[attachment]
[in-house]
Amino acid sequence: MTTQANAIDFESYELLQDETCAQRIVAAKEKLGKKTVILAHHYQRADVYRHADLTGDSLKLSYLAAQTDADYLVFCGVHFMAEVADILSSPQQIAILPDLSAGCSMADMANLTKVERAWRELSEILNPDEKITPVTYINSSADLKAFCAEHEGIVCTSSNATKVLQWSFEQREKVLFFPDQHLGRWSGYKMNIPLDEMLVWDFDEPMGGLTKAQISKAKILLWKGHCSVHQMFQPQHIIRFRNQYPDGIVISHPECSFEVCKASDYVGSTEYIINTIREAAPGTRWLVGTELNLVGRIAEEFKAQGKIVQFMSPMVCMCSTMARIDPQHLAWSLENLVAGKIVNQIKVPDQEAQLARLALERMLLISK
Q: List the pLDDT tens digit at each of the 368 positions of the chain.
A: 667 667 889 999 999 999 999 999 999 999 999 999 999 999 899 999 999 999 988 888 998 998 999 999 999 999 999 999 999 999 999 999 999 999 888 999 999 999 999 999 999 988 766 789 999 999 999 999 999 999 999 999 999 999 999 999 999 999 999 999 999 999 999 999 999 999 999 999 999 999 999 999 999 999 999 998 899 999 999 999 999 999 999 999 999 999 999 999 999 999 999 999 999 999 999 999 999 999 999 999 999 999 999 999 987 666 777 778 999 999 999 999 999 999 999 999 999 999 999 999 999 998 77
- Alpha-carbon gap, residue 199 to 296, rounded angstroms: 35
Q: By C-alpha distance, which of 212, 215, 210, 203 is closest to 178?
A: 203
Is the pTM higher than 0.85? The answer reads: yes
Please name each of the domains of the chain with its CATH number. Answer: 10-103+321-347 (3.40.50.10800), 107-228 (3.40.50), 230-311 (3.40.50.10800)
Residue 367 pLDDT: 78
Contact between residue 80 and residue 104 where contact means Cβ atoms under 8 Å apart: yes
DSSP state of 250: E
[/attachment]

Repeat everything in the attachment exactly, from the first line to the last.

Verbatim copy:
[in-house]
Amino acid sequence: MTTQANAIDFESYELLQDETCAQRIVAAKEKLGKKTVILAHHYQRADVYRHADLTGDSLKLSYLAAQTDADYLVFCGVHFMAEVADILSSPQQIAILPDLSAGCSMADMANLTKVERAWRELSEILNPDEKITPVTYINSSADLKAFCAEHEGIVCTSSNATKVLQWSFEQREKVLFFPDQHLGRWSGYKMNIPLDEMLVWDFDEPMGGLTKAQISKAKILLWKGHCSVHQMFQPQHIIRFRNQYPDGIVISHPECSFEVCKASDYVGSTEYIINTIREAAPGTRWLVGTELNLVGRIAEEFKAQGKIVQFMSPMVCMCSTMARIDPQHLAWSLENLVAGKIVNQIKVPDQEAQLARLALERMLLISK
Q: List the pLDDT tens digit at each of the 368 positions of the chain.
A: 667 667 889 999 999 999 999 999 999 999 999 999 999 999 899 999 999 999 988 888 998 998 999 999 999 999 999 999 999 999 999 999 999 999 888 999 999 999 999 999 999 988 766 789 999 999 999 999 999 999 999 999 999 999 999 999 999 999 999 999 999 999 999 999 999 999 999 999 999 999 999 999 999 999 999 998 899 999 999 999 999 999 999 999 999 999 999 999 999 999 999 999 999 999 999 999 999 999 999 999 999 999 999 999 987 666 777 778 999 999 999 999 999 999 999 999 999 999 999 999 999 998 77
- Alpha-carbon gap, residue 199 to 296, rounded angstroms: 35
Q: By C-alpha distance, which of 212, 215, 210, 203 is closest to 178?
A: 203
Is the pTM higher than 0.85? The answer reads: yes
Please name each of the domains of the chain with its CATH number. Answer: 10-103+321-347 (3.40.50.10800), 107-228 (3.40.50), 230-311 (3.40.50.10800)
Residue 367 pLDDT: 78
Contact between residue 80 and residue 104 where contact means Cβ atoms under 8 Å apart: yes
DSSP state of 250: E